Poland commemorated Thursday, August 1st, the 75th anniversary of the Warsaw Uprising. But a march organized by nationalist movements has been controversial.
With our correspondent in Warsaw, Thomas Giraudeau
In the summer of 1944, 50,000 Poles took up arms against the Nazi occupation in Warsaw. The rebellion had been crushed by the Reich forces and the city completely destroyed. Seventy-five years later, several demonstrations paid tribute on Thursday to the battle of the insurgents.
► To listen: Poland: 75 years of the Warsaw Uprising
Among them, a march organized by nationalist movements. A t-shirt struck with the word "nationalism" and a prominent Kotwica armband, symbol of the Warsaw Uprising, Anna does not consider that associating far-right ideas with Polish resistance is a problem. " During the war, there were nationalists in the resistance. They fought for this symbol, for our homeland. And then today, anyway, everyone uses it and wears it for any reason, "she sweeps.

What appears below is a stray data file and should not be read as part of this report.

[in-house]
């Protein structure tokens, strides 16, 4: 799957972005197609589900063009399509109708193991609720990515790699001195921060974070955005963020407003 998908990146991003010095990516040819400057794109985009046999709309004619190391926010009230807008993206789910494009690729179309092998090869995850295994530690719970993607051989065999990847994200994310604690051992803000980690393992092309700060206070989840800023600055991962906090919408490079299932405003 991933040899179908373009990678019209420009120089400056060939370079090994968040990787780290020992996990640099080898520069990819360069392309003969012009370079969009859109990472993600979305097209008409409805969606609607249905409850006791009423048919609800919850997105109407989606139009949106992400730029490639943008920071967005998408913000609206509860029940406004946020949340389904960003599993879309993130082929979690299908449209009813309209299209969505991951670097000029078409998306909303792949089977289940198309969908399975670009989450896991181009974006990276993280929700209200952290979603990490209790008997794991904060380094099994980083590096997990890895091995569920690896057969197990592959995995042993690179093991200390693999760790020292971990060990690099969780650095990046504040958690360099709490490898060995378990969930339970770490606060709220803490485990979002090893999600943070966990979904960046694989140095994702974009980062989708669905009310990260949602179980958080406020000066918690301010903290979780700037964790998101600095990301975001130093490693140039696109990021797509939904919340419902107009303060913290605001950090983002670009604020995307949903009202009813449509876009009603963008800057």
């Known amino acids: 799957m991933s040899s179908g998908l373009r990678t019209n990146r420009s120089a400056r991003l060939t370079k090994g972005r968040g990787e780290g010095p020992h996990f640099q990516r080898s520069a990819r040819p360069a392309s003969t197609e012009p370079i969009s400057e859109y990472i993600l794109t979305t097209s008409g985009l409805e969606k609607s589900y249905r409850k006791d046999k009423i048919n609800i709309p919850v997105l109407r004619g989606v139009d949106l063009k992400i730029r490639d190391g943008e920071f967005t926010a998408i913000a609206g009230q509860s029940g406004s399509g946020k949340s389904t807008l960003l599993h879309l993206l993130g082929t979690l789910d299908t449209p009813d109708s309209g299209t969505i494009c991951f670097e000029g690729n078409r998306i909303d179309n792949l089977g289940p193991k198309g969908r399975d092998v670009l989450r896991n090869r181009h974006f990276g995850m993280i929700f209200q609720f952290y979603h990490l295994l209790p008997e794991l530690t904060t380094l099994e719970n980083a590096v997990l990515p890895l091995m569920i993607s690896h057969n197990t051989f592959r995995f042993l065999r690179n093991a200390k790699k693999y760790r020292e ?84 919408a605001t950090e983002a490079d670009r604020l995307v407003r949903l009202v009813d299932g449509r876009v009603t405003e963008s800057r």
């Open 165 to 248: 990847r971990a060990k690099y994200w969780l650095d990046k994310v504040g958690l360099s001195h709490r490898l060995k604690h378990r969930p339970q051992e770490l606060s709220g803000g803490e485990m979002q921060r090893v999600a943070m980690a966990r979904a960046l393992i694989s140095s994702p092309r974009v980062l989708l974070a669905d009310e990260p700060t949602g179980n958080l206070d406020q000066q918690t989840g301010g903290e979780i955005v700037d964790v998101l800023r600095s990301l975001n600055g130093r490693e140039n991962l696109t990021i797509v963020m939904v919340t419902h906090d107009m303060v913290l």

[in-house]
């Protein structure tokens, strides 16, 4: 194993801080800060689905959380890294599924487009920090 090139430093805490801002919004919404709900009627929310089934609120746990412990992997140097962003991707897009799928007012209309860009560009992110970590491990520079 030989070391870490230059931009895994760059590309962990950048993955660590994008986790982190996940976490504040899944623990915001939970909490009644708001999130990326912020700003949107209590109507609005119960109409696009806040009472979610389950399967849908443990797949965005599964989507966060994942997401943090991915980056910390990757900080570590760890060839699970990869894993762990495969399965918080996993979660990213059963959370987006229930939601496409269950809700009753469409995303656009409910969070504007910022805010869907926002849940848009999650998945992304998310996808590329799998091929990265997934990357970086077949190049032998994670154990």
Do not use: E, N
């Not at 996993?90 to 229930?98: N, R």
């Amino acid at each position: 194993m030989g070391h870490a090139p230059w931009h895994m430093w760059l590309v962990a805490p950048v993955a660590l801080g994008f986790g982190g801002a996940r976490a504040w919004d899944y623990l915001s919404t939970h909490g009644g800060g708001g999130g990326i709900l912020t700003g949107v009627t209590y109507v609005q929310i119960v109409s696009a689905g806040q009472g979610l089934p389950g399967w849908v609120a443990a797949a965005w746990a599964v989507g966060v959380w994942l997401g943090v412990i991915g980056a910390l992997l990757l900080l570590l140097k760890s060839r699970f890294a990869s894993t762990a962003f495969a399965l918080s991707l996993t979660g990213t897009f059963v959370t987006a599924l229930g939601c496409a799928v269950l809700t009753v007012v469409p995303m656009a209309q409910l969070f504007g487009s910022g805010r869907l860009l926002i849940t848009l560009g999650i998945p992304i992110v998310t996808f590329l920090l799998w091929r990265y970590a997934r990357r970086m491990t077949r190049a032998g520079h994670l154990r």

Under a tent, the nationalists sell T-shirts and Kotwica caps. " It's a symbol that belongs to all Poles. Anyone can wear it. But there are situations where organizations abuse its use. For example LGBT associations putting the Kotwica on rainbow flags , "criticizes Pawel Kryszczak, one of the organizers of the march.
At the rostrum, the speeches preach the fight against the LGBT ideology that would invade Poland. Mieczyslaw Siudek, he is distressed. It fights against the appropriation of Kotwica by the nationalists. " Now the memory of the uprising is gradually moving towards fascist organizations," he says. All these people profane this story. We say that there is no room for hate in the memory of the Uprising. "
In opposition to nationalist songs, several hundred people participated in parallel to a march of silence to pay homage, soberly, to the heroes of the Uprising.